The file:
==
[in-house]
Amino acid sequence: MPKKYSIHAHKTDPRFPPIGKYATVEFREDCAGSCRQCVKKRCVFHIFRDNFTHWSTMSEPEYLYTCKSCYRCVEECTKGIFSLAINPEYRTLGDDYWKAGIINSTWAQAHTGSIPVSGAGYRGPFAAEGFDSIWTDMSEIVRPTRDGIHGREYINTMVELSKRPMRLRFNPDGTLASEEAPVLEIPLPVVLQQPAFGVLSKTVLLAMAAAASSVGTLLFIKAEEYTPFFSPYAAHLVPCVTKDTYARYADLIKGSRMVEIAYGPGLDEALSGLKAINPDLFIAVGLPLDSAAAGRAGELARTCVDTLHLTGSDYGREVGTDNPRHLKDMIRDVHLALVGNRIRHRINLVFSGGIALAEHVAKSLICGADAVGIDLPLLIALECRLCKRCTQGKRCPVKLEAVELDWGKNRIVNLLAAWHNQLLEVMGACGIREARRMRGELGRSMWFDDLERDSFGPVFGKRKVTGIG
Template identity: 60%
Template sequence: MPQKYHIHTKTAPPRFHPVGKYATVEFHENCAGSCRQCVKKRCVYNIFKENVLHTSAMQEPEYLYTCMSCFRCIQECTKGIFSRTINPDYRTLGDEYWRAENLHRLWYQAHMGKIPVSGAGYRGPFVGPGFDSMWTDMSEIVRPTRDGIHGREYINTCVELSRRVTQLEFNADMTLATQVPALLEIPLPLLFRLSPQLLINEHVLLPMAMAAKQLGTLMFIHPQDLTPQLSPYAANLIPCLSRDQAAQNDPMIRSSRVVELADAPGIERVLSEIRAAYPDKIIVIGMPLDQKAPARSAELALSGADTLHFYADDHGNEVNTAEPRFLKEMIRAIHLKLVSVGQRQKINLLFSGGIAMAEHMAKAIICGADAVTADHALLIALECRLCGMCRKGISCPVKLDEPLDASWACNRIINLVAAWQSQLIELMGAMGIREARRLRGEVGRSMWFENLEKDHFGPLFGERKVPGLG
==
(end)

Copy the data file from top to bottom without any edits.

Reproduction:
[in-house]
Amino acid sequence: MPKKYSIHAHKTDPRFPPIGKYATVEFREDCAGSCRQCVKKRCVFHIFRDNFTHWSTMSEPEYLYTCKSCYRCVEECTKGIFSLAINPEYRTLGDDYWKAGIINSTWAQAHTGSIPVSGAGYRGPFAAEGFDSIWTDMSEIVRPTRDGIHGREYINTMVELSKRPMRLRFNPDGTLASEEAPVLEIPLPVVLQQPAFGVLSKTVLLAMAAAASSVGTLLFIKAEEYTPFFSPYAAHLVPCVTKDTYARYADLIKGSRMVEIAYGPGLDEALSGLKAINPDLFIAVGLPLDSAAAGRAGELARTCVDTLHLTGSDYGREVGTDNPRHLKDMIRDVHLALVGNRIRHRINLVFSGGIALAEHVAKSLICGADAVGIDLPLLIALECRLCKRCTQGKRCPVKLEAVELDWGKNRIVNLLAAWHNQLLEVMGACGIREARRMRGELGRSMWFDDLERDSFGPVFGKRKVTGIG
Template identity: 60%
Template sequence: MPQKYHIHTKTAPPRFHPVGKYATVEFHENCAGSCRQCVKKRCVYNIFKENVLHTSAMQEPEYLYTCMSCFRCIQECTKGIFSRTINPDYRTLGDEYWRAENLHRLWYQAHMGKIPVSGAGYRGPFVGPGFDSMWTDMSEIVRPTRDGIHGREYINTCVELSRRVTQLEFNADMTLATQVPALLEIPLPLLFRLSPQLLINEHVLLPMAMAAKQLGTLMFIHPQDLTPQLSPYAANLIPCLSRDQAAQNDPMIRSSRVVELADAPGIERVLSEIRAAYPDKIIVIGMPLDQKAPARSAELALSGADTLHFYADDHGNEVNTAEPRFLKEMIRAIHLKLVSVGQRQKINLLFSGGIAMAEHMAKAIICGADAVTADHALLIALECRLCGMCRKGISCPVKLDEPLDASWACNRIINLVAAWQSQLIELMGAMGIREARRLRGEVGRSMWFENLEKDHFGPLFGERKVPGLG